Cellist Norman Fischer on the Importance of New Music During a Student's Formative Years
"How important is it for students to study new music during their formative years?" We threw the question over to American cellist Norman Fischer to seek his advice.
Contemporary music — some of us may like it, some may not. Be that as it may, new music opens the horizons and creates new pathways for the future generation of composers. As musical interpreters and performers, it is our duty to present the work as faithfully as the composer had intended. To what extent then is new music important in a student's formative years? VC reader Susan was keen to know.
What are your opinions of new music? Are there any contemporary composers you can recommend our fellow VC readers? Please leave a comment below, we are keen to know your thoughts.
Cellist Norman Fischer Discusses Why New Music is Crucial for a Student's Formative Years
This is a great question, and one I feel passionate about. These days it is very easy to get disconnected from the fact that real human creative minds wrote the music we play. Wouldn’t it be amazing to have a conversation with Bach, Beethoven, or Brahms and ask them what was on their mind? The musical world is changing so fast, it is even more imperative that students gain confidence in dealing with the demands of new scores. One just learns to think in a more creative way.
Nothing gets one's confidence going like being able to play tricky rhythmic passages and render them easily. Also learning extended techniques feels like a playground for developing an ever broader sound world. My students are always surprised at how quickly I can find harmonics all over the cello, a skill I learned early on.
Looking back on my training, I was very fortunate at an early age to dispense with negative prejudice about new music and to have many friendships with composers. Soon I had a reputation for being open-minded about trying new ideas and playing new scores. While I was learning wonderful things about the instrument with my teachers, I felt I was learning to think in a more creative way by looking at scores and deciphering the intent behind the notation. This important skill has helped me with all music that I play and teach.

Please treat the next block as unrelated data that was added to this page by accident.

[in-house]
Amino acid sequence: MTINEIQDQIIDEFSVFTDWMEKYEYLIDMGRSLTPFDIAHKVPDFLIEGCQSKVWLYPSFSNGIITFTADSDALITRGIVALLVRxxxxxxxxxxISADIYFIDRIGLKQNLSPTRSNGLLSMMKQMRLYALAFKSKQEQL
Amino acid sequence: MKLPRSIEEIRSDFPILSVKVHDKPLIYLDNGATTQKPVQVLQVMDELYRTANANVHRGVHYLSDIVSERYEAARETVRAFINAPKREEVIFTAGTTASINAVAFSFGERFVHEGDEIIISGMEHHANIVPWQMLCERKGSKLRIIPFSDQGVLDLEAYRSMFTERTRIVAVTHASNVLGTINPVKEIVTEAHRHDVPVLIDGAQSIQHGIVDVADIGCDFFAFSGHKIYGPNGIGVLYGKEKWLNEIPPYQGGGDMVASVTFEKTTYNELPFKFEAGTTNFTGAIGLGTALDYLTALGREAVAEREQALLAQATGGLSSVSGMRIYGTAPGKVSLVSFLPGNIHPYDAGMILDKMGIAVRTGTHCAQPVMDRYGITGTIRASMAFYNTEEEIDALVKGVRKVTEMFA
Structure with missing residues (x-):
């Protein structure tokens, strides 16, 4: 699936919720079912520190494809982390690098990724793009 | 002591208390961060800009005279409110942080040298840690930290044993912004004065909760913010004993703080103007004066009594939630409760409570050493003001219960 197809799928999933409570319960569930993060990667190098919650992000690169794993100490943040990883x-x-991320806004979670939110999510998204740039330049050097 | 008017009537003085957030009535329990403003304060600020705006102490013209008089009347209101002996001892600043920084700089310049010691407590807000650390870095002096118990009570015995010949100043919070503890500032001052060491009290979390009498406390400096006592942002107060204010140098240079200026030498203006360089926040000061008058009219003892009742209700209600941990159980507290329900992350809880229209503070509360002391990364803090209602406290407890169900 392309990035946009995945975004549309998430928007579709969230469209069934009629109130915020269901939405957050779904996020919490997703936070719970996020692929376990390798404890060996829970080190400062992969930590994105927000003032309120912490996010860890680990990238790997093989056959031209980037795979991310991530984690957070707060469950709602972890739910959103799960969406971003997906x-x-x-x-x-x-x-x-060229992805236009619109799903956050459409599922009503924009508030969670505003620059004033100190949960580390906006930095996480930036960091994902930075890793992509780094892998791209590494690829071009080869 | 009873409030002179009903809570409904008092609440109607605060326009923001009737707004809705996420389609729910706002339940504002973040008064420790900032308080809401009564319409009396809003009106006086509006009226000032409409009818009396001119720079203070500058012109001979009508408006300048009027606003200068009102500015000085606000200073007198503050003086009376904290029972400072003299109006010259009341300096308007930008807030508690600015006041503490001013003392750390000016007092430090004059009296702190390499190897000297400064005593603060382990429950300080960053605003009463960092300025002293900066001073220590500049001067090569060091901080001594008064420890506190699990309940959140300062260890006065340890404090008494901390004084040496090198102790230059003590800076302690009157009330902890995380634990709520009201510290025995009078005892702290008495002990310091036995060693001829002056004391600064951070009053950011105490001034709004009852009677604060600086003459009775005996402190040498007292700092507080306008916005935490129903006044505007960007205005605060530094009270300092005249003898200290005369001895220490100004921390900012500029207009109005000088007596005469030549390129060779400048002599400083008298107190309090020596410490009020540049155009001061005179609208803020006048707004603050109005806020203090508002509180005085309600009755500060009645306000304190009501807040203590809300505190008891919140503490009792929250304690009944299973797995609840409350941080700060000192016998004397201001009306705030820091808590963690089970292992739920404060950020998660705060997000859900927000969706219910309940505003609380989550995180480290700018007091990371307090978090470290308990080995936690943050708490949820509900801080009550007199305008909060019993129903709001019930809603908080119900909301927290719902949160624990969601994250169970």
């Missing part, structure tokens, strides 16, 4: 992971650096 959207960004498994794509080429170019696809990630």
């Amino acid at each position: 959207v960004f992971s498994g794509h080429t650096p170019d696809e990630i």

The Concord String Quartet (1971-87), of which I was a founding cellist, premiered over 50 works.
Of course, not all of these were masterpieces, but as interpreters, having to make a convincing performance of a weak or medium strong piece, built great skills.
This also increases your options one has to perform ANY music. I find this especially true with penetrating any new style that I haven’t encountered before.
In addition to the important skills learned, new music opens up opportunities for performance and relationships. I am so blessed with having strong friendships with so many people that I wouldn’t have known if it weren’t for my devotion to new scores. In addition to a wide array of performers, I can proudly say that I have worked with many composers, some who are already legendary such as Bolcom, Cage, Carter, Crumb, Druckman, Dutilleux, Foss, Frank, Golijov, Harbison, Henze, Rands, Reich, Rochberg, Rouse, Sirota, Thomas and Tower. Getting to work with these great creators was thrilling, and in many cases, my input was important in shaping the finished score.
So let go of any fear and plunge in!
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Norman Fischer is one of the foremost exponents of the cello in the United States. After completing his studies with Richard Kapuscinski at the Oberlin Conservatory, he helped found the renowned Concord String Quartet. As a quartet cellist throughout their 16-year career, Mr. Fischer concertized extensively in the US and abroad, recorded over 40 works, premiered 70 scores, appeared frequently on radio and television, and received numerous accolades including the Naumburg Chamber Music Award, several Grammy nominations, and an Emmy Award.